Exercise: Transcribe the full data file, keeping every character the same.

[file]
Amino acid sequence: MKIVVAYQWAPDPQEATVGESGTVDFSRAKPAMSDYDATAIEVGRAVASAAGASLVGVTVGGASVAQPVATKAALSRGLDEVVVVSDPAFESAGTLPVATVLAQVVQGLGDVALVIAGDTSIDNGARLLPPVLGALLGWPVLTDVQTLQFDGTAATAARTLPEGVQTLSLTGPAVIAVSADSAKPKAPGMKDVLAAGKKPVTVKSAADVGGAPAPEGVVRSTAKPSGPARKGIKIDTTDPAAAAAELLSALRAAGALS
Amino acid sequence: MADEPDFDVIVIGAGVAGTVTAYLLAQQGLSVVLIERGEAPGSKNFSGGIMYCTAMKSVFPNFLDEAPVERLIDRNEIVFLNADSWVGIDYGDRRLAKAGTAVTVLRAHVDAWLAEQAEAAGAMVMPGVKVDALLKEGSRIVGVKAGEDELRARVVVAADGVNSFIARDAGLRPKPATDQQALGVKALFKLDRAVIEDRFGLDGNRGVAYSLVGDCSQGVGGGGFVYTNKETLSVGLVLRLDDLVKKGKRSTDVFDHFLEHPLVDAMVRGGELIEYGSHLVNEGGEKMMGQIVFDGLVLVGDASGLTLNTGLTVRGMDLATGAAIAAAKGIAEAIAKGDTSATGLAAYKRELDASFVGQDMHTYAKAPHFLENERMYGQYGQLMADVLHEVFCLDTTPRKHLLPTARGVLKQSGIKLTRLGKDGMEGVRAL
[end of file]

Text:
Amino acid sequence: MKIVVAYQWAPDPQEATVGESGTVDFSRAKPAMSDYDATAIEVGRAVASAAGASLVGVTVGGASVAQPVATKAALSRGLDEVVVVSDPAFESAGTLPVATVLAQVVQGLGDVALVIAGDTSIDNGARLLPPVLGALLGWPVLTDVQTLQFDGTAATAARTLPEGVQTLSLTGPAVIAVSADSAKPKAPGMKDVLAAGKKPVTVKSAADVGGAPAPEGVVRSTAKPSGPARKGIKIDTTDPAAAAAELLSALRAAGALS
Amino acid sequence: MADEPDFDVIVIGAGVAGTVTAYLLAQQGLSVVLIERGEAPGSKNFSGGIMYCTAMKSVFPNFLDEAPVERLIDRNEIVFLNADSWVGIDYGDRRLAKAGTAVTVLRAHVDAWLAEQAEAAGAMVMPGVKVDALLKEGSRIVGVKAGEDELRARVVVAADGVNSFIARDAGLRPKPATDQQALGVKALFKLDRAVIEDRFGLDGNRGVAYSLVGDCSQGVGGGGFVYTNKETLSVGLVLRLDDLVKKGKRSTDVFDHFLEHPLVDAMVRGGELIEYGSHLVNEGGEKMMGQIVFDGLVLVGDASGLTLNTGLTVRGMDLATGAAIAAAKGIAEAIAKGDTSATGLAAYKRELDASFVGQDMHTYAKAPHFLENERMYGQYGQLMADVLHEVFCLDTTPRKHLLPTARGVLKQSGIKLTRLGKDGMEGVRAL